The first thing that struck me about this album is the cover art – the Kodachrome family photos ooze seventies and eighties childhood nostalgia – oddly Bleu’s father looks uncannily like one of my older cousins as I remember him from our family get togethers circa 1982.

The second thing that hits you is the sheer confidence and exuberance of the music. This was a pleasant surprise given the low profile image portrayed. First track ‘Singin’ In Tongues’ has everything played at full throttle – crunching guitars, soaring sax, xylophone - the lot (can’t think of an appropriate adjective for playing a xylophone ferociously). This technique generates an effect where the whole song sounds like a rousing finale – similar to Springsteen in his boisterous heyday. Born William James McAuley III in Boston (the Massachusetts one not the Lincolnshire one) he raucously celebrates his home town on the second track, even managing to do spelling singing -‘I.A.M.F.R.O.M.B.OS.T.O.N, Boston!’ which is tricky to pull off without sounding clunky.

The energy and self-belief flowing from those first two tracks is remarkable. When you read up further and find that he’s dabbled in power pop super-groups (a tribute to E.L.O. called L.E.O) alongside members of Jellyfish, Hanson and Chicago this doesn’t come as a great shock. But it’s not all punch the air power pop though – there are sensitive, vulnerable ballads too. Tracks like ‘In Love with My Lover’ provide vital light and shade.

This is his fourth album – hence the somewhat unimaginative title, and was funded by donations from fans via the Kickstarter website to the tune of $27,000. Despite being relatively unknown (particularly in the UK) he’s already penned songs for such massive major-label going concerns as Jonas Brothers (but don’t let that put you off) and had tracks featured on blockbuster movie soundtracks such as Spiderman – not entirely surprising given the epic scope and self assurance of some of the tracks on this album.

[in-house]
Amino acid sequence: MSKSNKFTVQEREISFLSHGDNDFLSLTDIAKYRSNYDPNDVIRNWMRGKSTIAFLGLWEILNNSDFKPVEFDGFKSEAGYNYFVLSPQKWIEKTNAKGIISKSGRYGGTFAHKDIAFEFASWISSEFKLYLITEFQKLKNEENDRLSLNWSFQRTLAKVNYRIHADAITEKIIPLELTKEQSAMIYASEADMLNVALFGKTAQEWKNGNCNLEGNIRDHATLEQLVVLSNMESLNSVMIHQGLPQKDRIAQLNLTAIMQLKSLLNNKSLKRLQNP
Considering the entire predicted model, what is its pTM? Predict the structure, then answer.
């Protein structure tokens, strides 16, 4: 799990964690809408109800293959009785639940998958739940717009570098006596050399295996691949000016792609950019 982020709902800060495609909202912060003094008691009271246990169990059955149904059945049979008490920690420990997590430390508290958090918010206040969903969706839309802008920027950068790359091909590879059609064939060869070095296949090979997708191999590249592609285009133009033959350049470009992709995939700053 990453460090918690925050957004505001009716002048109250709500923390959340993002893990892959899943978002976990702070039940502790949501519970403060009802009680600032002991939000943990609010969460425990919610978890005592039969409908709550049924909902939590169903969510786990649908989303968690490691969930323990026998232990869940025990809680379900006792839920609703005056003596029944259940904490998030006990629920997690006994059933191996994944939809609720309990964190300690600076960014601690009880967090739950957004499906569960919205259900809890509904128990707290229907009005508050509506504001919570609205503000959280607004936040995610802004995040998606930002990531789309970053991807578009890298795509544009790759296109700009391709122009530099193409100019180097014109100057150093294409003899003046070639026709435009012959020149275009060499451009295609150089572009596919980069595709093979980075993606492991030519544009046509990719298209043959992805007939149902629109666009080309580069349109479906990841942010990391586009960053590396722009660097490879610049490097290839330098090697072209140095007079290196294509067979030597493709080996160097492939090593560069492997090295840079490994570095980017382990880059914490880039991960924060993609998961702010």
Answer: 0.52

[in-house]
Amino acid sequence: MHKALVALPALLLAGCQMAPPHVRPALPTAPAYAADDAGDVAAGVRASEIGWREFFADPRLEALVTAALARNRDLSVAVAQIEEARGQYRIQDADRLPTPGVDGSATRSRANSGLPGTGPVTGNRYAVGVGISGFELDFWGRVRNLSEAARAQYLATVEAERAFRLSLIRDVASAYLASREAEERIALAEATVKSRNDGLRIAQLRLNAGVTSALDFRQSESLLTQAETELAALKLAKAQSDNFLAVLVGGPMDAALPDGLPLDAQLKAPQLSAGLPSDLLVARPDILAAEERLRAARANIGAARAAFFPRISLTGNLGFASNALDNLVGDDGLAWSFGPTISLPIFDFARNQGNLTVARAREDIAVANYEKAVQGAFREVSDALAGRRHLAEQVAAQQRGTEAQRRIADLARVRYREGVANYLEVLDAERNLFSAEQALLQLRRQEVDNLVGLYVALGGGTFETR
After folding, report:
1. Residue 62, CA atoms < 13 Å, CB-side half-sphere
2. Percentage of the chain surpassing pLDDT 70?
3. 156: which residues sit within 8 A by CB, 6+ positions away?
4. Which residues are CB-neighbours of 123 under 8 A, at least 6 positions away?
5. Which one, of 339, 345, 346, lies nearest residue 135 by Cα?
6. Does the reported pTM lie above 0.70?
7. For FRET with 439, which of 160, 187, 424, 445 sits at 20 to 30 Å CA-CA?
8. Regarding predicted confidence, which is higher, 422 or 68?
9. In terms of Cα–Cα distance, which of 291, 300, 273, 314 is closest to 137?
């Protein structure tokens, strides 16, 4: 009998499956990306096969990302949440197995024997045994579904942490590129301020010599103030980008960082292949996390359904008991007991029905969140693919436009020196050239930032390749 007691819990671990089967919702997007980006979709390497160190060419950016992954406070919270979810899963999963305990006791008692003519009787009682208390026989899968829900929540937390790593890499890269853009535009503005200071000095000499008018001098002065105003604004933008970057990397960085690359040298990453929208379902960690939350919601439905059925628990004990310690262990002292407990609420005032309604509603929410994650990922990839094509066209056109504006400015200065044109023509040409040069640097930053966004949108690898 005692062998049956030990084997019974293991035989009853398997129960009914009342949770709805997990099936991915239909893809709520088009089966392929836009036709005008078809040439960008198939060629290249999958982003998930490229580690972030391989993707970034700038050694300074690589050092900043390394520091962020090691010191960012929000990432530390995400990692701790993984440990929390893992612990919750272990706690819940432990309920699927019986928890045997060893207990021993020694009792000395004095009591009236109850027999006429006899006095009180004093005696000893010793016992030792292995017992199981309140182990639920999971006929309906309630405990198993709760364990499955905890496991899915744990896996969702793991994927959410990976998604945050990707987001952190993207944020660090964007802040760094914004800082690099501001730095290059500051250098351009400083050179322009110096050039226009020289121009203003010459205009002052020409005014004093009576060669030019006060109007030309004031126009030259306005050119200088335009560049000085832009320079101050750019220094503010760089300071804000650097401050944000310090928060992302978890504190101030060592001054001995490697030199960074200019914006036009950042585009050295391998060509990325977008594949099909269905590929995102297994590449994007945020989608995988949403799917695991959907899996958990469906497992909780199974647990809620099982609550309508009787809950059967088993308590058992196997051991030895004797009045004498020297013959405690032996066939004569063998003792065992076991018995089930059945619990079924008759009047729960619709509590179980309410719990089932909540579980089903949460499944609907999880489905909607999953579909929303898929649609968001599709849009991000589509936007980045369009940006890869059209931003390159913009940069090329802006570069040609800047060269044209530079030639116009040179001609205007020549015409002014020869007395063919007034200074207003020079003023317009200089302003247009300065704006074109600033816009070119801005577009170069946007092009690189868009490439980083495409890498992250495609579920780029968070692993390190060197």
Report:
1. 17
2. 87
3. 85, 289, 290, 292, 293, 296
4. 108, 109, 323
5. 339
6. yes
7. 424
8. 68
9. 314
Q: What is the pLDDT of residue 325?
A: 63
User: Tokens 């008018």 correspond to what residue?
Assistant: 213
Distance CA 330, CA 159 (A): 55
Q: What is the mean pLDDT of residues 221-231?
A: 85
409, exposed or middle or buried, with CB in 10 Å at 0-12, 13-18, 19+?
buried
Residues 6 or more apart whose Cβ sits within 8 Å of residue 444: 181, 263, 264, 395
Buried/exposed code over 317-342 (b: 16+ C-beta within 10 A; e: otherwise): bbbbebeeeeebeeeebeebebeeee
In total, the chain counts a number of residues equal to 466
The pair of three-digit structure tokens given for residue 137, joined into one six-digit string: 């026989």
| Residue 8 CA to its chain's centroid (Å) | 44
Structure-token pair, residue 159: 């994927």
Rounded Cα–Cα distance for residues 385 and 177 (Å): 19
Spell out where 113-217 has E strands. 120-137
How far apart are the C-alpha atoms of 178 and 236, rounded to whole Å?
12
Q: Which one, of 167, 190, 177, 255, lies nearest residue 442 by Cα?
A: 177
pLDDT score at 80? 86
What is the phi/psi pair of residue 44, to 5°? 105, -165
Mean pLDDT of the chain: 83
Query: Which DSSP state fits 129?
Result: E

Elsewhere he shows great versatility with tracks like the foreboding atmosphere of ‘Evil Twin’ and the brooding, bizarrely titled ‘Ya Catch More Flies with Honey Than Vinegar’, with lyrics like ‘Don’t be afraid to cry like a baby/just lie in your cradle/and shout like a stadium crowd’ showcasing his talent at penning an evocative turn of phrase as well as hook-laden tunes.

Even if you’ve never previously heard of Bleu like me, I would suggest that after listening to this album a few times you’ll soon begin to wonder just where he has been all your life.

Steve Claire